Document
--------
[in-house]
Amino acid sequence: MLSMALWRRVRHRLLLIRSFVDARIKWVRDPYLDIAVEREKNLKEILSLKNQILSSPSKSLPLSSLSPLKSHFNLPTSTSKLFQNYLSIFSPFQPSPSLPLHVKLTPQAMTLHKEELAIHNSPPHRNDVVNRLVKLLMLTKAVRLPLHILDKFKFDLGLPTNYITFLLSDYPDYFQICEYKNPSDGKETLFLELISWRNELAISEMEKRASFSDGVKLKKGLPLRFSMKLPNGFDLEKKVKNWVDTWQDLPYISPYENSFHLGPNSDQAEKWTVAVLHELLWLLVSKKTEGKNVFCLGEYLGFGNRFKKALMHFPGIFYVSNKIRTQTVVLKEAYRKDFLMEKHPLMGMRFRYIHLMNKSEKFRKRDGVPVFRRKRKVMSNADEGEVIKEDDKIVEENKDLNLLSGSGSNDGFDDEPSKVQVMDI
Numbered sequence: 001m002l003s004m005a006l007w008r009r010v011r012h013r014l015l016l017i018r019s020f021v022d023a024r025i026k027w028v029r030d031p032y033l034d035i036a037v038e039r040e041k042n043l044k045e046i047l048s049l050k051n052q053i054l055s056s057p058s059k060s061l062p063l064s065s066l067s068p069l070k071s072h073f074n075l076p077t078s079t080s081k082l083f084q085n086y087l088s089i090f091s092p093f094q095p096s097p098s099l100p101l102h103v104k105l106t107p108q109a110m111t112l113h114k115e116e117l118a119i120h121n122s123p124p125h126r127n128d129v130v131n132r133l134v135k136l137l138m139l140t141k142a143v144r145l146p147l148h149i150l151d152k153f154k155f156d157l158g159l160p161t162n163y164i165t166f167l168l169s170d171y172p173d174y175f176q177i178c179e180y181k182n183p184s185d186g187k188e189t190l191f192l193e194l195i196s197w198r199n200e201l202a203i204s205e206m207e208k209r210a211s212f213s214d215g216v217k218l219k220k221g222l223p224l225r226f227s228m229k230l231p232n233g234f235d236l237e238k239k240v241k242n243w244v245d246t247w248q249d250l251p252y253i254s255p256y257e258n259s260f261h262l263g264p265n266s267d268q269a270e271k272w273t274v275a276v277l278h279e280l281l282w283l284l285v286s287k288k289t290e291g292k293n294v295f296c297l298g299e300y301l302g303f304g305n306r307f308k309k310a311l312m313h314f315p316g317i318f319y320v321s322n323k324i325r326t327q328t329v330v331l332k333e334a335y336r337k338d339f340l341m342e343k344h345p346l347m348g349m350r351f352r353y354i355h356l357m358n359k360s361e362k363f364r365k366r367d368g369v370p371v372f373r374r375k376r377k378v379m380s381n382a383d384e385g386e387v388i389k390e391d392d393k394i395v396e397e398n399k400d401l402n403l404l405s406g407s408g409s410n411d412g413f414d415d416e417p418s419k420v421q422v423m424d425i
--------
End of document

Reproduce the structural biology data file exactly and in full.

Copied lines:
[in-house]
Amino acid sequence: MLSMALWRRVRHRLLLIRSFVDARIKWVRDPYLDIAVEREKNLKEILSLKNQILSSPSKSLPLSSLSPLKSHFNLPTSTSKLFQNYLSIFSPFQPSPSLPLHVKLTPQAMTLHKEELAIHNSPPHRNDVVNRLVKLLMLTKAVRLPLHILDKFKFDLGLPTNYITFLLSDYPDYFQICEYKNPSDGKETLFLELISWRNELAISEMEKRASFSDGVKLKKGLPLRFSMKLPNGFDLEKKVKNWVDTWQDLPYISPYENSFHLGPNSDQAEKWTVAVLHELLWLLVSKKTEGKNVFCLGEYLGFGNRFKKALMHFPGIFYVSNKIRTQTVVLKEAYRKDFLMEKHPLMGMRFRYIHLMNKSEKFRKRDGVPVFRRKRKVMSNADEGEVIKEDDKIVEENKDLNLLSGSGSNDGFDDEPSKVQVMDI
Numbered sequence: 001m002l003s004m005a006l007w008r009r010v011r012h013r014l015l016l017i018r019s020f021v022d023a024r025i026k027w028v029r030d031p032y033l034d035i036a037v038e039r040e041k042n043l044k045e046i047l048s049l050k051n052q053i054l055s056s057p058s059k060s061l062p063l064s065s066l067s068p069l070k071s072h073f074n075l076p077t078s079t080s081k082l083f084q085n086y087l088s089i090f091s092p093f094q095p096s097p098s099l100p101l102h103v104k105l106t107p108q109a110m111t112l113h114k115e116e117l118a119i120h121n122s123p124p125h126r127n128d129v130v131n132r133l134v135k136l137l138m139l140t141k142a143v144r145l146p147l148h149i150l151d152k153f154k155f156d157l158g159l160p161t162n163y164i165t166f167l168l169s170d171y172p173d174y175f176q177i178c179e180y181k182n183p184s185d186g187k188e189t190l191f192l193e194l195i196s197w198r199n200e201l202a203i204s205e206m207e208k209r210a211s212f213s214d215g216v217k218l219k220k221g222l223p224l225r226f227s228m229k230l231p232n233g234f235d236l237e238k239k240v241k242n243w244v245d246t247w248q249d250l251p252y253i254s255p256y257e258n259s260f261h262l263g264p265n266s267d268q269a270e271k272w273t274v275a276v277l278h279e280l281l282w283l284l285v286s287k288k289t290e291g292k293n294v295f296c297l298g299e300y301l302g303f304g305n306r307f308k309k310a311l312m313h314f315p316g317i318f319y320v321s322n323k324i325r326t327q328t329v330v331l332k333e334a335y336r337k338d339f340l341m342e343k344h345p346l347m348g349m350r351f352r353y354i355h356l357m358n359k360s361e362k363f364r365k366r367d368g369v370p371v372f373r374r375k376r377k378v379m380s381n382a383d384e385g386e387v388i389k390e391d392d393k394i395v396e397e398n399k400d401l402n403l404l405s406g407s408g409s410n411d412g413f414d415d416e417p418s419k420v421q422v423m424d425i